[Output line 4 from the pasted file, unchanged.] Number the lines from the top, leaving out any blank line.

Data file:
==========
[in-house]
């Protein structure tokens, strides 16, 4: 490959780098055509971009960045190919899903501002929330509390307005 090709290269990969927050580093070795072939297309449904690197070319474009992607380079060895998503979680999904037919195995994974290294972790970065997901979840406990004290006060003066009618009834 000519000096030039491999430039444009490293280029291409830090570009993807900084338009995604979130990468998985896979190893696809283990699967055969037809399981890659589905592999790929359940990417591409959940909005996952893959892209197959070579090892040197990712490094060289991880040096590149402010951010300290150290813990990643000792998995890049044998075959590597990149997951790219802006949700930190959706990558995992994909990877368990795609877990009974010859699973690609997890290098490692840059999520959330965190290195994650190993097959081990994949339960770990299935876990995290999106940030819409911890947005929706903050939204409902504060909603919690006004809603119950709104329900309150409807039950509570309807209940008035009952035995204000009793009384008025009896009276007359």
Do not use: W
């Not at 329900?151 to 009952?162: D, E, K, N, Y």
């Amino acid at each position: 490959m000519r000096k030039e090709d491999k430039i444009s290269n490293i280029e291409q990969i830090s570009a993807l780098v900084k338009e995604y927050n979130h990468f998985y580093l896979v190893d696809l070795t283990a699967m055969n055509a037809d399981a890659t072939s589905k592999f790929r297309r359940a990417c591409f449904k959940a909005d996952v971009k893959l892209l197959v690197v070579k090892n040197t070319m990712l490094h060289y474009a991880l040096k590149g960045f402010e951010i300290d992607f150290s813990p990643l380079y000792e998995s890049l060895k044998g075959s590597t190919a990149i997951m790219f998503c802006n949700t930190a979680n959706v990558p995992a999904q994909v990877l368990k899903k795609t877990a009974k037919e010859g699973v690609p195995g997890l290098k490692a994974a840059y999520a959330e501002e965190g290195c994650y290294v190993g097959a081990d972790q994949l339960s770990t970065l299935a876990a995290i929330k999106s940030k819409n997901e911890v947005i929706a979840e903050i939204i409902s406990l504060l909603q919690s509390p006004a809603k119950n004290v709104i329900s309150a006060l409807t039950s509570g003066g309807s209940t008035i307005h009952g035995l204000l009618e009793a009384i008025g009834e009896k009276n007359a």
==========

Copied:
């Not at 329900?151 to 009952?162: D, E, K, N, Y």